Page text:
With Redesign, Popular Science Tweaks Its 140-Year-Old Formula
New content and design aim to expand the magazine's audience.
With every top editor changeover at a magazine you can bet a redesign is on its way. Such is the case for Bonnier’s Popular Science, where former executive editor Cliff Ransom was recently promoted to editor-in-chief after a one-month vacancy left by Jacob Ward who departed to become science and technology news correspondent at Al Jazeera America.
Popular Science’s redesign had already been in the works months ahead of the switch, but the magazine’s new look, which debuts with the February 2014 issue, marks a shift to broadening the appeal of the 140-year-old title.
The new design is the first significant makeover in the last seven or eight years.
"This is more than a touch-up," says Ransom. "This is pushing our brand in a way that we haven’t in some time."
Popular Science, like many other magazines of a certain age, is very aware of what its audience expects of the brand. At the same time, science and technology have become much bigger topics in the national conversation, creating both an enticing opportunity to expand reach and a renewed sense of obligation.
"What occurred to us is science and technology, in terms of their relevance to a mass audience, have changed over the last decade," says Ransom. "They’ve become topics of conversation in a way they never were before. They were always relegated to a geeky quadrant. And now it’s the subject matter that’s driving the technology in your pocket, it’s driving policy decisions, it’s everywhere at this point. And as a magazine named Popular Science, we felt like we were in a really good place to capitalize on that trend. But we weren’t doing it and we felt like our previous design to some degree was limiting that."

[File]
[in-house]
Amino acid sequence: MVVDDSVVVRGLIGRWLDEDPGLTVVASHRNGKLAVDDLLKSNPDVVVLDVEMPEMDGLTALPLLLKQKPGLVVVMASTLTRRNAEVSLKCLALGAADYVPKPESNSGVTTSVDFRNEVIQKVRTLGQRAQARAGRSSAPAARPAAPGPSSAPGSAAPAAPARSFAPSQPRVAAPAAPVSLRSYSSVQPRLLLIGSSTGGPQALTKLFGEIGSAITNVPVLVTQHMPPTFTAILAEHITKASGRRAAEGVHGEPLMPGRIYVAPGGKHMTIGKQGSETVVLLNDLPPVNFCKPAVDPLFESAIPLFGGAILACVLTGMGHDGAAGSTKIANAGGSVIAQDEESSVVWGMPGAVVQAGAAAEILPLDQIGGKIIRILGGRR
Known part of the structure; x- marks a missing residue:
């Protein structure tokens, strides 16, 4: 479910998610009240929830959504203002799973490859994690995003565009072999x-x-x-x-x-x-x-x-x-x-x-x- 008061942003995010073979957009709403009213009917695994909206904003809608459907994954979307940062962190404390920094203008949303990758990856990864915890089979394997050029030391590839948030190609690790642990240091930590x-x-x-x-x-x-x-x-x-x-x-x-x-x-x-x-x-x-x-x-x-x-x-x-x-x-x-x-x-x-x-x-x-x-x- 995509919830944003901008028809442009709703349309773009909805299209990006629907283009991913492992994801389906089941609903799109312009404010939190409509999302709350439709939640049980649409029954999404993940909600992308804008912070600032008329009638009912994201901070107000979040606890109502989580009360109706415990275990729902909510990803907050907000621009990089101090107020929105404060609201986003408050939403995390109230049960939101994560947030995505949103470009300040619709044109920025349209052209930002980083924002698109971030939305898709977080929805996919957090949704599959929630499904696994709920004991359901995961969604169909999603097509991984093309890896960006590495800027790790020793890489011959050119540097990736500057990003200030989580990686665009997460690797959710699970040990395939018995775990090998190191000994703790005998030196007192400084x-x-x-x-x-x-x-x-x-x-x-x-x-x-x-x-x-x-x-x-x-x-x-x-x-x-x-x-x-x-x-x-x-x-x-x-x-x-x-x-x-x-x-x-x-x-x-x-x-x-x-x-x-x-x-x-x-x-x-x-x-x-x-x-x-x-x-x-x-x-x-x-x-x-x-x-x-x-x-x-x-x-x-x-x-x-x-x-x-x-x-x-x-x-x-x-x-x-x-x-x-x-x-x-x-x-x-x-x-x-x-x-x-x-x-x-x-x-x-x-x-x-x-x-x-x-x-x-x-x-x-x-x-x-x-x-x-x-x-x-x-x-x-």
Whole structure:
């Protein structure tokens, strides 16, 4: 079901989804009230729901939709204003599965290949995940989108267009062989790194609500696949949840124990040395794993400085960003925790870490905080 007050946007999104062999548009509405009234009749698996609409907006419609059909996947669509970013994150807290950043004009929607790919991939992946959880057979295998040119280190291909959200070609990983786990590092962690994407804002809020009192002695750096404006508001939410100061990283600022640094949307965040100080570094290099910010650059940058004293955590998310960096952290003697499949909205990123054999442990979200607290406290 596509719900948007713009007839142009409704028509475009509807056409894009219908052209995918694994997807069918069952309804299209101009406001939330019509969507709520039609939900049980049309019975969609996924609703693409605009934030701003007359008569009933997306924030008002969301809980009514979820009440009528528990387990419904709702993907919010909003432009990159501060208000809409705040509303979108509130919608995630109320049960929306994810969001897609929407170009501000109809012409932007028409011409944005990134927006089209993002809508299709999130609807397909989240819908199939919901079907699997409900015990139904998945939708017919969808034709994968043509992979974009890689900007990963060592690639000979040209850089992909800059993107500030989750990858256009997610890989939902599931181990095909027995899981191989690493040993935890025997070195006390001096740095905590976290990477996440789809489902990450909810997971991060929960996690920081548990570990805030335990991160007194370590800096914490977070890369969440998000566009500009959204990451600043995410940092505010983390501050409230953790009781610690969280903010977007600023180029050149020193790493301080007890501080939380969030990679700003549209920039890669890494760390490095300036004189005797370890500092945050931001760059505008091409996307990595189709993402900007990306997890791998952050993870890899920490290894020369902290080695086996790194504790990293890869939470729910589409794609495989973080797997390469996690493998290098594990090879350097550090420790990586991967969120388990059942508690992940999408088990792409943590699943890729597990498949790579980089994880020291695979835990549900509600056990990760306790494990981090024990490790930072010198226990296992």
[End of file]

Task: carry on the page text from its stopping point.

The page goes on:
And by design, Ransom is referring to both the look of the magazine and its content. "Even though we talk about what we think are some of the most important issues out there today, we weren’t necessarily conveying that visually. Our ideas, to some degree, were muffled. The whole goal of this redesign was to bring those ideas to the front."
Delivering those ideas will be an emphasis on more imagery, bolder, more graphic typography and a slate of freshly-named content sections. The underlying architecture stays the same, says Ransom, but there will be a noticeable change graphically.
Topics are also getting some attention, with an effort to live up to the "Popular" in the magazine’s name—the title has a ratebase of 1.3 million. "In terms of the mix of topics, we are driving to be a bit more relevant that we’ve been in the past," adds Ransom. "We want to show off these big ideas and big thinkers that we have every month. Part of that is through design and part of that is through story selection."
Stories will feature more people than in previous years—scientists, politicians, social scientists. And in a major change, both in personality and concept, Olympic ski racer Ted Ligety will be featured on the redesign’s debut cover. This is a big deal, the magazine historically depicted a rendering of some futuristic device.
The cover story, on the science behind the Olympics, has a potentially broader appeal as well. "Story selection is going to be guided by mass-plus, in a way," says Ransom. "We are a magazine called Popular Science, we want to connect with as broad a readership as possible and we want to eat our own cooking. The goal is to still give the readers what they want, but attract new readers."